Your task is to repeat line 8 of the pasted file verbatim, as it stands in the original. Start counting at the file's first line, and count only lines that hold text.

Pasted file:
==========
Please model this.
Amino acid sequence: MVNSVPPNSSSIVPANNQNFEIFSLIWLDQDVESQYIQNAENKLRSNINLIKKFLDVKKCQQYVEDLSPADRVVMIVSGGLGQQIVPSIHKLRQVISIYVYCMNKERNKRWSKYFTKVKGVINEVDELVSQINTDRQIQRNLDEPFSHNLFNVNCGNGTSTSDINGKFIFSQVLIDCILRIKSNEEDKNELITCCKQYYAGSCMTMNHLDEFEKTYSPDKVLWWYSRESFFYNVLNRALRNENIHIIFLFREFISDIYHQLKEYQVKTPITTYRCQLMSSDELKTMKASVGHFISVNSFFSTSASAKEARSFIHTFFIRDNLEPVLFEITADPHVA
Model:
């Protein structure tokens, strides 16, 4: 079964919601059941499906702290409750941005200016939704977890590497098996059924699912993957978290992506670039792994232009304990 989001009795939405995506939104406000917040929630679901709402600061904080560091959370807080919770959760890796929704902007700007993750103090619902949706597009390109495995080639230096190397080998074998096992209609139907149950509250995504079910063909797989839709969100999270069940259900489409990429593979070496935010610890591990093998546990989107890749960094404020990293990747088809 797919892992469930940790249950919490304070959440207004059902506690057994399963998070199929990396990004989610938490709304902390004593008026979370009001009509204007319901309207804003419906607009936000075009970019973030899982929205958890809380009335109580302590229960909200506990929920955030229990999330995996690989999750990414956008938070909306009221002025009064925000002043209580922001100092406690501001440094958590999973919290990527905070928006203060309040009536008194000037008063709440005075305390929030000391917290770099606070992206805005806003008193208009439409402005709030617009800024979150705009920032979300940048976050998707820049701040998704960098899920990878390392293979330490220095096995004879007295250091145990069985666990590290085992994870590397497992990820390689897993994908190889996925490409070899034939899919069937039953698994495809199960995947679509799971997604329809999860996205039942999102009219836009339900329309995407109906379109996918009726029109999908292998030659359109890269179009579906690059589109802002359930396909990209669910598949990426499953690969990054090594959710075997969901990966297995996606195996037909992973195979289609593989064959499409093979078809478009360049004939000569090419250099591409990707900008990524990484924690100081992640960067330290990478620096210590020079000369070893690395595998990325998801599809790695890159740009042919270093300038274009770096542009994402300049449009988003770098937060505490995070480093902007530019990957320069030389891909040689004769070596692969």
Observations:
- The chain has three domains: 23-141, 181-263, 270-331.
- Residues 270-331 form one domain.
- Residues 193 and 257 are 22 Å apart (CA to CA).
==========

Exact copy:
- Residues 193 and 257 are 22 Å apart (CA to CA).